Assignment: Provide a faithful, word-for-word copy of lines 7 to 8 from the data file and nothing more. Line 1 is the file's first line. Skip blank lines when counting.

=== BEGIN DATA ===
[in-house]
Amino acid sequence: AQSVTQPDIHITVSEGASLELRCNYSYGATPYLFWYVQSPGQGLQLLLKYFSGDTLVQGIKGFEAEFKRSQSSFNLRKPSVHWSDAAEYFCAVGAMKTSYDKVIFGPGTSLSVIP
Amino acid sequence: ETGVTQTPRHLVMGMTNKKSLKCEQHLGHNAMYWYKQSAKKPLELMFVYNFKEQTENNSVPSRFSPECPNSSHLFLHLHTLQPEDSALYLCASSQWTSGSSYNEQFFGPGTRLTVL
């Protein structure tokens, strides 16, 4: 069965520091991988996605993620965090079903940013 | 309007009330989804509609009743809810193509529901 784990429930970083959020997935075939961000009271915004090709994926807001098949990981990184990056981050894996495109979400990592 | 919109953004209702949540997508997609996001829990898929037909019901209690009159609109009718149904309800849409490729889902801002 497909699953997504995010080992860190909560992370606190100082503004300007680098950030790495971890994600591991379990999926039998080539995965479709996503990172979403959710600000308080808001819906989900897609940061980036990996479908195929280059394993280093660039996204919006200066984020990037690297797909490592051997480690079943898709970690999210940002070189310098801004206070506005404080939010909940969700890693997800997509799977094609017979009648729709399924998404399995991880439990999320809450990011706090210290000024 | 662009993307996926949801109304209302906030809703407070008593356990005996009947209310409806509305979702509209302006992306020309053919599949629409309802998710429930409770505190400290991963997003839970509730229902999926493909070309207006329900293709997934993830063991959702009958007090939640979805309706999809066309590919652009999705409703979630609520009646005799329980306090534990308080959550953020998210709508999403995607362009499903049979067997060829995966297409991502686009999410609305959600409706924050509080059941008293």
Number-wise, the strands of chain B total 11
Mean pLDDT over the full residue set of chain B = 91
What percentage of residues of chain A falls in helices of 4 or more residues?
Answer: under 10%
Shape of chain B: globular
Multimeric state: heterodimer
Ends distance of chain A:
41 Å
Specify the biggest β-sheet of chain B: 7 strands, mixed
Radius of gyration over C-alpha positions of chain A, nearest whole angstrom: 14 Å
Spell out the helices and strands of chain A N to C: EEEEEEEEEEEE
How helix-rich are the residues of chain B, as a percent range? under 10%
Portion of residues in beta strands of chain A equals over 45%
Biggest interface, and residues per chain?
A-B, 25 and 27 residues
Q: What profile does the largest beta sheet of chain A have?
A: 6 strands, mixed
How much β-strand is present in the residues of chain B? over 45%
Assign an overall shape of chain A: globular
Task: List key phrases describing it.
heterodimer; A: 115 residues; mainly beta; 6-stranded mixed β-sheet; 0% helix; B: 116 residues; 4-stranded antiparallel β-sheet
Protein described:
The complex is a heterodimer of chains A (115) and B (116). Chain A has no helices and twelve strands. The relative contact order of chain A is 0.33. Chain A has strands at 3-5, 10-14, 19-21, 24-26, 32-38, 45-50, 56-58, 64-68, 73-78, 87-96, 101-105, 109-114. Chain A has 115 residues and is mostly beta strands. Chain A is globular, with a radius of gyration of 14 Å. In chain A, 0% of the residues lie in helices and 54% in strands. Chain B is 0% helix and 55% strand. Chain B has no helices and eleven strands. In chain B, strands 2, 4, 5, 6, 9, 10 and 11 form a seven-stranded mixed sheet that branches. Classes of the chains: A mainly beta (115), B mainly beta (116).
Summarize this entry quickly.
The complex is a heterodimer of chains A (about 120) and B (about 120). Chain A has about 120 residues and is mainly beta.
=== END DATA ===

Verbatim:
What percentage of residues of chain A falls in helices of 4 or more residues?
Answer: under 10%